The coronavirus pandemic has tested our healthcare system like never before, and physicians are leaning on imaging providers to provide diagnostic testing for patients who are expected to have or are suffering from the virus.
One area that’s started to gain more attention in diagnostic protocols is ultrasound. That’s because lung ultrasound can:
- Determine Normal Lung by demonstrating A Profile of a dry lung
- Determine Pneumothorax by demonstrating the air between layers prevents sliding.
- There are references that state ultrasound has a 99% predictive value for pneumothorax
- Determine Pulmonary Edema by demonstrating B lines of wet lungs
- Determine Pneumonia/consolidation routinely in pediatrics with some limitations in adults
- Determine pleural effusion easily
There are four key reasons why ultrasound is being used in this regard.
- Bedside Testing
Thanks to the compact and highly mobile nature of most ultrasound systems, it’s possible to conduct the exam without needing to move the patient. Instead, you can bring the screening to them. This reduces patient complications stemming from transport and limits the risk of infection to others that would otherwise increase when the patient is moved to a separate testing site.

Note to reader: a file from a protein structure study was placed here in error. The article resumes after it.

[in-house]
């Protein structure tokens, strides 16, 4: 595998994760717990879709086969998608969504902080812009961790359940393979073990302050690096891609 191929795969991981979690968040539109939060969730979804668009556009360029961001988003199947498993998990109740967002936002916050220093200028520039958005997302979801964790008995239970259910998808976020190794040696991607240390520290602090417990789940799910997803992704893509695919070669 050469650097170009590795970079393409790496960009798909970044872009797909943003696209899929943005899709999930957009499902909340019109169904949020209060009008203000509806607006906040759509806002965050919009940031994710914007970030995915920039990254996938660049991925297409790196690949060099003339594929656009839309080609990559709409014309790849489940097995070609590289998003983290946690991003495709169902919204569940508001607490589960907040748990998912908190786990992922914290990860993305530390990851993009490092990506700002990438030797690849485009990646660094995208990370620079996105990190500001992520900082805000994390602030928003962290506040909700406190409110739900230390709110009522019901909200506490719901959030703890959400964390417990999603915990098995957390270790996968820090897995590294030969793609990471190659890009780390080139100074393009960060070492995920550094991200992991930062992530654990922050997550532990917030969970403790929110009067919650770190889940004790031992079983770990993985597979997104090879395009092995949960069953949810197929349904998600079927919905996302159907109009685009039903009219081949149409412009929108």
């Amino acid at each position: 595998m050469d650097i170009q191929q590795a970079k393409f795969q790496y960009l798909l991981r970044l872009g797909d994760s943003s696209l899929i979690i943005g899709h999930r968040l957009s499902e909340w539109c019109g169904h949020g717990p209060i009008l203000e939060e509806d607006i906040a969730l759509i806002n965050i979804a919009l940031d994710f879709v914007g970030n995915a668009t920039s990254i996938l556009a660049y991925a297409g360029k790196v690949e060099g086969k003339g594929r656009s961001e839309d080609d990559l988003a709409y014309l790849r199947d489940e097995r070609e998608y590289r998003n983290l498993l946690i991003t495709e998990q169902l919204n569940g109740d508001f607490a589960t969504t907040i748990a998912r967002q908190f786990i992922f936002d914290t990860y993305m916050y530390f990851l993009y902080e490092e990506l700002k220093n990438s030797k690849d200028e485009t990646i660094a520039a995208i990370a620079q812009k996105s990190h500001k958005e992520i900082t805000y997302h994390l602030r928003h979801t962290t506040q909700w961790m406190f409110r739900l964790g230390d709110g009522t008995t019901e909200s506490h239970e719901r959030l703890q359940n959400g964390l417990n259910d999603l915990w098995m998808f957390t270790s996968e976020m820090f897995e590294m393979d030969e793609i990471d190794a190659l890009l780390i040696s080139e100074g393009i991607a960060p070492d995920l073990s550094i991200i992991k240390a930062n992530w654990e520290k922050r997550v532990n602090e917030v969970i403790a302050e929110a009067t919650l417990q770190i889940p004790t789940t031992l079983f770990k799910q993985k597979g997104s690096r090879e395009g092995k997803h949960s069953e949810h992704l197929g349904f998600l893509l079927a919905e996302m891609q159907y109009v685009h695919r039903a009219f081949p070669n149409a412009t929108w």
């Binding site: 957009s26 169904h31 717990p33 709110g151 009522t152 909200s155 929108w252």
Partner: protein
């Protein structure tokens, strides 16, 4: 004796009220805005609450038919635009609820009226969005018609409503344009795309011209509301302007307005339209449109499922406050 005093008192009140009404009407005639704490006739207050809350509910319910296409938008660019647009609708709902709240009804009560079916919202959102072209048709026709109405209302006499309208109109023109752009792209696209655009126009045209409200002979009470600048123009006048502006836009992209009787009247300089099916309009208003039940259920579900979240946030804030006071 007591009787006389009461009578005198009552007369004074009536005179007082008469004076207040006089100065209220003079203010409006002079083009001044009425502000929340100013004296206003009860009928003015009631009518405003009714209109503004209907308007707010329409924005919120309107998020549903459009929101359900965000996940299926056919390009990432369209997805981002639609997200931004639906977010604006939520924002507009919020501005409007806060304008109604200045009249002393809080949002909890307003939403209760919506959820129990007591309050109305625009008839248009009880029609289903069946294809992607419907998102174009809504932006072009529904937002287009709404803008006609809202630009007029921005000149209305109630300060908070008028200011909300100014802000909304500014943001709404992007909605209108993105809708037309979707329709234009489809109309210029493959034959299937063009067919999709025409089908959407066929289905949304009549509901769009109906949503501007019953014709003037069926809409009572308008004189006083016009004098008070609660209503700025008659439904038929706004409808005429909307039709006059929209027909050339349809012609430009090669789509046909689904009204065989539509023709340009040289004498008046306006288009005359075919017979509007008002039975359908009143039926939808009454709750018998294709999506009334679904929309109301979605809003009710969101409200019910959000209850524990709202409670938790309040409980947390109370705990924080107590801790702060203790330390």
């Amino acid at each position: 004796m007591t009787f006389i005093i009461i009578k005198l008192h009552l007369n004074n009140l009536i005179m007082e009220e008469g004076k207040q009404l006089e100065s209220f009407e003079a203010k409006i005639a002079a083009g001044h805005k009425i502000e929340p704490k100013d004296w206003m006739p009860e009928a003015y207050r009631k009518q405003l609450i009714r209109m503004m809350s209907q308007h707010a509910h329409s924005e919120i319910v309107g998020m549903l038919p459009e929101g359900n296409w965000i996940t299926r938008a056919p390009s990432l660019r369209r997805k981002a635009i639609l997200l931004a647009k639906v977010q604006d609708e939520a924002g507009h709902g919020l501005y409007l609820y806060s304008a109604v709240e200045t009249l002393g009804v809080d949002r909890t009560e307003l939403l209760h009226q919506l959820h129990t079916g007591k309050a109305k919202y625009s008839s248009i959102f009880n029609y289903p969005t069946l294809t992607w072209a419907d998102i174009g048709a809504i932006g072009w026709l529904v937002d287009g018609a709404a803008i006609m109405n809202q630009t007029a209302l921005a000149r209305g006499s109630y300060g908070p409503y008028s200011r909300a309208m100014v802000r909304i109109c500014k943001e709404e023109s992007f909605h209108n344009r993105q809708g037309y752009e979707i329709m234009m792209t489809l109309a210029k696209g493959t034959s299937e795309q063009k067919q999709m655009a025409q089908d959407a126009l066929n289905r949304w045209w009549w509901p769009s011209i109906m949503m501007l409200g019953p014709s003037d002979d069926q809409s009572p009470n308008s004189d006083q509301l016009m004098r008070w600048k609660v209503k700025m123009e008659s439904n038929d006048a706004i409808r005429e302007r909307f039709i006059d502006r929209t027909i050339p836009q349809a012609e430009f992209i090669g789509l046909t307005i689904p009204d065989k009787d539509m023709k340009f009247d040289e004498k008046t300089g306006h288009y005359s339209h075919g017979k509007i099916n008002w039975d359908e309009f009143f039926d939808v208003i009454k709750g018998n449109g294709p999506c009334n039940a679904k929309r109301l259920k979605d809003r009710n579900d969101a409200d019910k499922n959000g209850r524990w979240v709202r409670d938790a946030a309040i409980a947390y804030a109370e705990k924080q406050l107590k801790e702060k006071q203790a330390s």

One of the main benefits of all ultrasound testing is in its non-invasive nature. This is particularly true for COVID-19 cases, where keeping patients comfortable and stable is critical.
- No Radiation
CT and X-ray, the two modalities most commonly used for lung diagnostics related to COVID-19, each expose the patient to radiation at a time when they may already be in serious or critical condition. The effect of these standard amounts of radiation certainly isn’t thought to be harmful, but there also haven’t been widespread studies related to their effects on patients suffering from significant progression of the virus. And because a COVID patient may need to submit to multiple screenings over the course of their inpatient stay, any opportunity to avoid additional radiation exposure is typically one worth taking advantage of.
Generally speaking, an ultrasound system and transducer will be far easier to disinfect than an entire CT system, the room it’s in and the wheelchair or gurney used to transport the patient to their exam. This saves time, resources and, yet again, reduces potential exposure to staff and other patients.
Let’s look more closely at how lung ultrasound is making its mark.
Lung Imaging White Paper
By using thoracic ultrasound on patients, the physician can closely monitor the the lungs and pleural space. This allows them to more effectively triage patients as necessary, determining which cases require immediate intervention and which might benefit from further monitoring.
Siemens Healthineers has released a fantastic White Paper outlining the mechanics of testing and the specific reasons why lung ultrasound has become so important. I highly recommend you check it out. Not only does it provide background on the clinical uses of ultrasound, but it also delves into the history of lung sonography, the types of artifacts to watch out for, and how to properly set up the transducer and progress through your sequences.
Because it’s considered a point-of-care exam that can take place right at the bedside, just about any ultrasound system could be used for a lung exam. Smaller, more portable systems, however, are a lot more common.